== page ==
Saturday, June 13, 2009


Ok. I love Mudhoney. They were the best that the 1990's grunge scene had to offer. Their influences were incredibly multi layered. Heavy 1960's garage punk, the synapse melting euphoria of Blue Cheer, libido driven 1960's psych, just loud grungy 1970's rock...all fueled by a vicious, snotty love for punk. More on them later. For now...here's "Touch Me I'm Sick" from their first album "Superfuzz Bigmuff". Enjoy. One of my favorite Mudhoney songs.


This is a movie that I must have. I saw it a long time ago at a fellow b-movie fan's house more than ten years ago. He had a dub of it he copied from TV. Anyway, we were a tad bit tweaked at the time, but something about this movie just blew me away. I've been hunting this one down off and on ever since then with no luck, and eventually I forgot about it. After watching "The Angry Red Planet" a few days ago, memories of this movie came back to me. It's been long out of print, but not anymore. It's been re-released on DVD as part of the Criterion collection, in print since 2007!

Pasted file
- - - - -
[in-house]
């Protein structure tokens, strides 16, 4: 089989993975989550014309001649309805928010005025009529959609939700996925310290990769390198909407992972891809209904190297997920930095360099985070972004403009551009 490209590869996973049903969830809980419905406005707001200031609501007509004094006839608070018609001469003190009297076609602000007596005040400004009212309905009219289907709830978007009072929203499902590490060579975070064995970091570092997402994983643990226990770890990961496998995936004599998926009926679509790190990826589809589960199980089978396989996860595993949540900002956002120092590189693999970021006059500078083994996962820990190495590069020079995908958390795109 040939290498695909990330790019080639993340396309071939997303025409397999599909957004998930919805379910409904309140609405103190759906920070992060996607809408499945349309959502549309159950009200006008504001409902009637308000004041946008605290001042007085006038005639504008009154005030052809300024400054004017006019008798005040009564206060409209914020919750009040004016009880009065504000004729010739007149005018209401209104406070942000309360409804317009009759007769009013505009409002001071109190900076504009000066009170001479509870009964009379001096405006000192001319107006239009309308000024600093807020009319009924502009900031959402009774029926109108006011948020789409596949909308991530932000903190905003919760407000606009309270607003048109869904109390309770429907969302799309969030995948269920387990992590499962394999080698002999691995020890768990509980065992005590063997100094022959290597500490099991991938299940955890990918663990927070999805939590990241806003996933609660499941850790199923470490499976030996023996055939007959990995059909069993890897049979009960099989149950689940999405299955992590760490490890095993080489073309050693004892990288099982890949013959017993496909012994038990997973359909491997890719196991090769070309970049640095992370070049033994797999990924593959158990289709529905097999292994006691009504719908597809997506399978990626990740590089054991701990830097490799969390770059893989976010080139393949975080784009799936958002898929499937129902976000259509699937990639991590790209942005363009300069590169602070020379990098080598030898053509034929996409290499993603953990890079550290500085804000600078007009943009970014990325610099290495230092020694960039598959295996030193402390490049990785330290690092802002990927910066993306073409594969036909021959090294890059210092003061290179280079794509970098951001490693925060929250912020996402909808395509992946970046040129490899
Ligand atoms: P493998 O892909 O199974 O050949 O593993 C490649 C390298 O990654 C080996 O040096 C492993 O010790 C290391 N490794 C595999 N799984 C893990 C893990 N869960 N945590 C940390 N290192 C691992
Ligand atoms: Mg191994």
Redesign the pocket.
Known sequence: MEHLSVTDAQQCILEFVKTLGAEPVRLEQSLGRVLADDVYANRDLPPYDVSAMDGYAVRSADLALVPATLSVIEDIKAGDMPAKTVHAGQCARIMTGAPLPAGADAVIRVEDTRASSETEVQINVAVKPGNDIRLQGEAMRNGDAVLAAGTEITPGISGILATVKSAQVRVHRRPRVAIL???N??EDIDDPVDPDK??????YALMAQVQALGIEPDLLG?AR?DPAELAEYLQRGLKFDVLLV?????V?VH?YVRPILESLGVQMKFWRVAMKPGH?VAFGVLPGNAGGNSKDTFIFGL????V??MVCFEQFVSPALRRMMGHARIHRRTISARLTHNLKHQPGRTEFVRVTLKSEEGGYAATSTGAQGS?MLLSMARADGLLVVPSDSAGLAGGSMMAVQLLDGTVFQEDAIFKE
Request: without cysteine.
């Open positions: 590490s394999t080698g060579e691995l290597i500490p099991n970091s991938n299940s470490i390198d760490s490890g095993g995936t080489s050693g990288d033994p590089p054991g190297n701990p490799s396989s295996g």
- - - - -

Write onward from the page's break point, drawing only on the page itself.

"Robinson Crusoe on Mars" is a unique outer space film...it essentially takes the premise of Daniel Defoe's novel "Robinson Crusoe" and transports it to outer space. It is about one man and his chimp companion's attempt to survive on the hostile red planet. The struggle to breathe, the terrible isolation, etc. Anyway, I've gotta get this one. My birthday's coming up soon so this is what I want. Don't have to have anything else.